Improved sampling techniques of the male genitalia and cohort studies in progress should provide important information on the natural history of HPV infection and disease in men, including risk factors for HPV acquisition and transmission. The impact on HPV infection in males of the vaccination in women will also need to be assessed.
This work was supported by the Brazilian Council for Scientific and Technological Development (CNPQ) and Ary Frauzino Foundation, National Institute of Cancer.
CONFLICT OF INTEREST
Accepted after revision: May 30, 2008
This study is very welcome as it demonstrates the high rate of human papillomavirus (HPV) associated with penile cancer. The detection rate of 75% approaches the rate of 90% seen in carcinoma in-situ. Other studies show lower HPV rates. It was unclear if this was due to differences in technique, such as immunohistochemistry or due to real variations in biology. Furthermore, the lower rate of HPV (50%) in verrucous type indicates a possible different etiology to this subset of cancer. Studying the subtypes of HPV associated with penile cancer is paramount currently, given the recent development of vaccines against specific subtypes of HPV. It is hard to project the effect mass vaccination of females will have on males, but ought to reduce carriage of HPV among heterosexual males. Vaccinating males may have benefits for females also, as total immunization of the whole female population is unlikely. Reducing the overall population pool of these subtypes is likely to benefit both males and females. The impact on the incidence and type of penile cancer is likely have a lead time of several decades, as only a quarter of men with penile cancer present under the age of 50. Projections must also take into account the increasing life-expectancies in developed countries with more men living into their 70s and 80s, where the disease is more prevalent (see http:// www.oecd.org/statsportal/). Thus in the absence of any vaccination the prevalence is likely to increase, whereas even with successful vaccination changes in demographics may reduce the benefit in the initial years. Finally, the subtypes of HPV being targeted may result in only some cancers being prevented. These factors must be brought together in modeling and scenario planning when formulating strategies for service provision in any healthcare system.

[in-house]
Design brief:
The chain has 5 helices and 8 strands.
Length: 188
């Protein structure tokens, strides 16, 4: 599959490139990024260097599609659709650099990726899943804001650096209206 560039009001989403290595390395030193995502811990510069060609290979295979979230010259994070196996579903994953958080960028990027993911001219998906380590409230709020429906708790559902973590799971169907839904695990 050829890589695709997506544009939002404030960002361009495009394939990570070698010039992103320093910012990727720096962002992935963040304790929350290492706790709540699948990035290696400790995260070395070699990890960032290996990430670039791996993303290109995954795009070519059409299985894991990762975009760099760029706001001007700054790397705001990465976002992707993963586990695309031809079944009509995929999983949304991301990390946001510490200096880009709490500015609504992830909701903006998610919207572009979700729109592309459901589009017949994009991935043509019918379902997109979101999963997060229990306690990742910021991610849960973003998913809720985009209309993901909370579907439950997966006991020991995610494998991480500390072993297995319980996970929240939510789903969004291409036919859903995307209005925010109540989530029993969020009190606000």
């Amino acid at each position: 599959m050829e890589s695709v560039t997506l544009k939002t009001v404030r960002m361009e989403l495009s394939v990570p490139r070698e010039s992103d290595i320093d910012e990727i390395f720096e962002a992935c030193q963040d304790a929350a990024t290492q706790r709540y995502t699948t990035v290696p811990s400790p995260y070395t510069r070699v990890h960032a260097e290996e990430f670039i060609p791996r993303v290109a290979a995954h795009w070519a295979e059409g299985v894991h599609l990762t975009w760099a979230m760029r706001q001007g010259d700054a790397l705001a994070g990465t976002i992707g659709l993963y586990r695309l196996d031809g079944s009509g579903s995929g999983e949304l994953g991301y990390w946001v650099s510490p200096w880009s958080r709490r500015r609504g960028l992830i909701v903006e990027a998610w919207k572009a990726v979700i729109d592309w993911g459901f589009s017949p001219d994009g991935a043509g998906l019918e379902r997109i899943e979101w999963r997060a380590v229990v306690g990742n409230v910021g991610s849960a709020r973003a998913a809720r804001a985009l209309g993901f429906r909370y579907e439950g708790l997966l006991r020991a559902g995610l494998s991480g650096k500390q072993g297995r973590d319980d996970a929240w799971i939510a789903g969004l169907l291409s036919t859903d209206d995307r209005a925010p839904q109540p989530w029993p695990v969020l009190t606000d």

Dr. P. K. Hegarty
Institute of Urology and Pathology
University College Hospital London